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Types of metamorphosis

Insects without metamorphosis (ametabolous)

Insects without metamorphosis (ametabolous). Larva and adult. Silverfish

At eclosion, the insect resembles the adult, except that it is smaller.

Development therefore simply involves increasing the insect's size by going through successive moults.

Insects with incomplete metamorphosis (hemimetabolous)

Insects with incomplete metamorphosis. Eggs, nymph and adult Exopterygota
(winged insects, the wings develop externally on the nymph, or larval, body)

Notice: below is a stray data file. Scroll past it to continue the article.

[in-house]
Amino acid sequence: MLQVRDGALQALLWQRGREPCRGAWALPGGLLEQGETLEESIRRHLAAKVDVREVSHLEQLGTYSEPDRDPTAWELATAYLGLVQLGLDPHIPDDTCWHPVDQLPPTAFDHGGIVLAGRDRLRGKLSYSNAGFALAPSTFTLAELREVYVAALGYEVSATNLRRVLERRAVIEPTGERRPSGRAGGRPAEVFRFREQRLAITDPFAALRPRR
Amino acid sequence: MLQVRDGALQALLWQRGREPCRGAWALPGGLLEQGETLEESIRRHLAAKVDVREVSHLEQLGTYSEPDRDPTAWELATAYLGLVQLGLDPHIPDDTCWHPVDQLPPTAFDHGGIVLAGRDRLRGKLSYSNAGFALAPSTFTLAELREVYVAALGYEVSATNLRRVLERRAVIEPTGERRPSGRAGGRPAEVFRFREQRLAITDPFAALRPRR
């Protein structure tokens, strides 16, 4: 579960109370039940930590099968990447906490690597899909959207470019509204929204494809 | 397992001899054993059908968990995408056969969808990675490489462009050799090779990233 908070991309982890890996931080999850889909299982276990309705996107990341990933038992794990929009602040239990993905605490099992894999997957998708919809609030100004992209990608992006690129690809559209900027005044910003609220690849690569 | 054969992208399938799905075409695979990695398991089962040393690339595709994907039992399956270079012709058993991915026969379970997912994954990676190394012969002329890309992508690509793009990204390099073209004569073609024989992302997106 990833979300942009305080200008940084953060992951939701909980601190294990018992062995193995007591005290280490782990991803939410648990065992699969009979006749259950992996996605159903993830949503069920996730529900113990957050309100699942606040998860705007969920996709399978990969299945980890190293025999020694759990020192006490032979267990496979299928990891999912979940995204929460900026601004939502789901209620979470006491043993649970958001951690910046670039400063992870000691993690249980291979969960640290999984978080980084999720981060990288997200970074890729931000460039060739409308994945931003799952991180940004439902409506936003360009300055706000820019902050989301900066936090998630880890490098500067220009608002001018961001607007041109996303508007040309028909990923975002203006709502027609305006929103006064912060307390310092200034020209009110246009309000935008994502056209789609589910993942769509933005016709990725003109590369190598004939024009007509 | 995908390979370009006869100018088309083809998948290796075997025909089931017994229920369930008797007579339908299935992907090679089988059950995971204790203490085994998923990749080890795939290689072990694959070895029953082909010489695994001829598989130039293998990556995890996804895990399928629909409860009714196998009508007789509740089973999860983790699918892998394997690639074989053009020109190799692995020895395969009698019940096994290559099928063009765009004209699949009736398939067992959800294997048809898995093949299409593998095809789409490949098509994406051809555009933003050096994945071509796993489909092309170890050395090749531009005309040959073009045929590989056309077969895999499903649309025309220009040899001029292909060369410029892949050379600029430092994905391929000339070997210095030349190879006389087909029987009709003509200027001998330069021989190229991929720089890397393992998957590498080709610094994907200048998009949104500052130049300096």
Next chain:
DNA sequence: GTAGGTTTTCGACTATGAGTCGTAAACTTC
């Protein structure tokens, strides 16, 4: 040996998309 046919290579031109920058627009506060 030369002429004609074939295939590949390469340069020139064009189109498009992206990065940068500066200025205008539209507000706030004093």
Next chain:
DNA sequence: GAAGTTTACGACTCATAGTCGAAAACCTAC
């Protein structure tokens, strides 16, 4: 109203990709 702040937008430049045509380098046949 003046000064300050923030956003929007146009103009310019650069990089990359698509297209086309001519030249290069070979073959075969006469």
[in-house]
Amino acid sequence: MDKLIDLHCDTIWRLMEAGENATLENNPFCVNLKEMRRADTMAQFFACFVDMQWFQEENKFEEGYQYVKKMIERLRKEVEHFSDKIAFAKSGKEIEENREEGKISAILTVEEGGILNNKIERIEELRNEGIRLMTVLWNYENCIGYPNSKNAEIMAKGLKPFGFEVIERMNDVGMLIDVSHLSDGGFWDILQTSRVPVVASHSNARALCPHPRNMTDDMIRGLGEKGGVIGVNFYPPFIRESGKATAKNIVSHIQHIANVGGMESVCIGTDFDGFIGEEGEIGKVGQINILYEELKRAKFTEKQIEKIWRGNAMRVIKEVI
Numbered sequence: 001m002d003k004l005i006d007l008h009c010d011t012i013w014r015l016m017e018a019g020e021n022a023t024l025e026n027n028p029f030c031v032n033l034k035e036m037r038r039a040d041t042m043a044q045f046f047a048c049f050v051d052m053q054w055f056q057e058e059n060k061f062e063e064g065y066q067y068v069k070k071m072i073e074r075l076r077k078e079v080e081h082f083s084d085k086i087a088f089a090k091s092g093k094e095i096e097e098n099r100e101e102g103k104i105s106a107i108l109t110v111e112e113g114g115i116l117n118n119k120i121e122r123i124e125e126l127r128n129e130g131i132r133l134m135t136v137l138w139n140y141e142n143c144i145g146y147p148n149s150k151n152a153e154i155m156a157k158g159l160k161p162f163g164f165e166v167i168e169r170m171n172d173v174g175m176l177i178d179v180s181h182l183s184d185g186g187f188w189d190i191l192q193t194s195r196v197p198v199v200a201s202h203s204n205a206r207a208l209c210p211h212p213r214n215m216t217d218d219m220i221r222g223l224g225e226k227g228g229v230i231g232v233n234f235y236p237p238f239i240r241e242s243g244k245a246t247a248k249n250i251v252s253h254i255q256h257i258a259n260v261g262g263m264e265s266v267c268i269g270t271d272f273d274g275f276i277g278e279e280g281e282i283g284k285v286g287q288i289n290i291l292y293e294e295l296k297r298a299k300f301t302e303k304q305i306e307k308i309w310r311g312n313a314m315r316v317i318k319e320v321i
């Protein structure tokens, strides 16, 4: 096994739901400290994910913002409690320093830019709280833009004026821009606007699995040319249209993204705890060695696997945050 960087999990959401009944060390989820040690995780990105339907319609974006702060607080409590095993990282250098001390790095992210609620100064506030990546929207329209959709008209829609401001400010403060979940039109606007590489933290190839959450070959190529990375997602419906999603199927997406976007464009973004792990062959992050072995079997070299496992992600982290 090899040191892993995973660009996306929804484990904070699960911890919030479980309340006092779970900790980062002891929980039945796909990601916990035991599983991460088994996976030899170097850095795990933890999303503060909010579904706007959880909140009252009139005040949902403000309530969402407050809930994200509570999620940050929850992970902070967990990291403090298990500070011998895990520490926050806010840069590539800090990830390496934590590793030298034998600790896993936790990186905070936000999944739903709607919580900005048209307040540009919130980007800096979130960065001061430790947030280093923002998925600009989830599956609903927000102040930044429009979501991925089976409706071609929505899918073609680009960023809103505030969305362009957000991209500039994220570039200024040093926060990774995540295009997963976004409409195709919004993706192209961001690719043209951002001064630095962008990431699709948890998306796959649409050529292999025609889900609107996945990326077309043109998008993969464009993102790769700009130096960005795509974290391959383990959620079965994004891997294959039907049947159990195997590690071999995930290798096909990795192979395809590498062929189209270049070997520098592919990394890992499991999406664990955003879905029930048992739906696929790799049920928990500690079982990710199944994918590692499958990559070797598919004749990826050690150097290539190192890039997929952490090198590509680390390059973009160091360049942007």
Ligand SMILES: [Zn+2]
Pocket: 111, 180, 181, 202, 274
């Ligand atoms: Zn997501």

The nymph (or larva) resembles an adult without wings; the wings grow larger at each moult.

The larva reaches the adult stage at the final moult.

Insects with complete metamorphosis (holometabolous)

Insects with complete metamorphosis. Eggs, larva, pupa and adult. Endopterygota
(winged insects, the wings develop internally in the larval body)

At eclosion, the larva looks very different from the adult and it generally has a very different lifestyle.

When its growth is completed, the larva forms a pupa. Inside this protective envelope, the larva undergoes major structural changes, eventually emerging as the adult stage.